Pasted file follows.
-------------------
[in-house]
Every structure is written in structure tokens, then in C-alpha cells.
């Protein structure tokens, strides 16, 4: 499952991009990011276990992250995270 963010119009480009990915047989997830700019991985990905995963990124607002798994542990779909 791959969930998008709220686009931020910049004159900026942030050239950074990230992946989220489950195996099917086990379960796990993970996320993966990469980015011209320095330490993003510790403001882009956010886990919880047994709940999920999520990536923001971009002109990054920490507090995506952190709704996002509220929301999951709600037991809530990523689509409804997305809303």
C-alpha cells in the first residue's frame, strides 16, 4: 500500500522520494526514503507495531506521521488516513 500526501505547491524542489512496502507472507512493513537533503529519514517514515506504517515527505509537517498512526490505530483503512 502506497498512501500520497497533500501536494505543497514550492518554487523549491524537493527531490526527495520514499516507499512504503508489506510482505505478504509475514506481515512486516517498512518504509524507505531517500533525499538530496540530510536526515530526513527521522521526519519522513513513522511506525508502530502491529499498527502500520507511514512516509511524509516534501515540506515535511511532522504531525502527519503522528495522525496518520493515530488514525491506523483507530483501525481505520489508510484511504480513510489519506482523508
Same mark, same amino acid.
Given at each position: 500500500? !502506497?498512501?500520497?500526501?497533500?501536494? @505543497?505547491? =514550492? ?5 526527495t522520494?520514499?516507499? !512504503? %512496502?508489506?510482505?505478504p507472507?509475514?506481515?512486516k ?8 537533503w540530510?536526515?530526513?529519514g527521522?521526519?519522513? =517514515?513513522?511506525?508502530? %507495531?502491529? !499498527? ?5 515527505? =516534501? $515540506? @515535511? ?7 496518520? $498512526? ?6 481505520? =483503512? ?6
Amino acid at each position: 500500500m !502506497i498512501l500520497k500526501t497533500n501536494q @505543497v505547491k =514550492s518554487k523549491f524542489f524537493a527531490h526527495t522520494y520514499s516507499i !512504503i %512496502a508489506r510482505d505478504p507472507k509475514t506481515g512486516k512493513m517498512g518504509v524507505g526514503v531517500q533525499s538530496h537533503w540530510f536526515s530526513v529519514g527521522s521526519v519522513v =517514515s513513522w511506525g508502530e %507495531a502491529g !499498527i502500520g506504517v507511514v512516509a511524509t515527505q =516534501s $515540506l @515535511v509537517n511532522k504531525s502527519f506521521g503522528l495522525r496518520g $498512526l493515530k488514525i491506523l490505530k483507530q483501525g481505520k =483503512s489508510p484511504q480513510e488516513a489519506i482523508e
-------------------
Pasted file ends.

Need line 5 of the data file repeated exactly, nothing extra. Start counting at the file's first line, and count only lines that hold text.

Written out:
Same mark, same amino acid.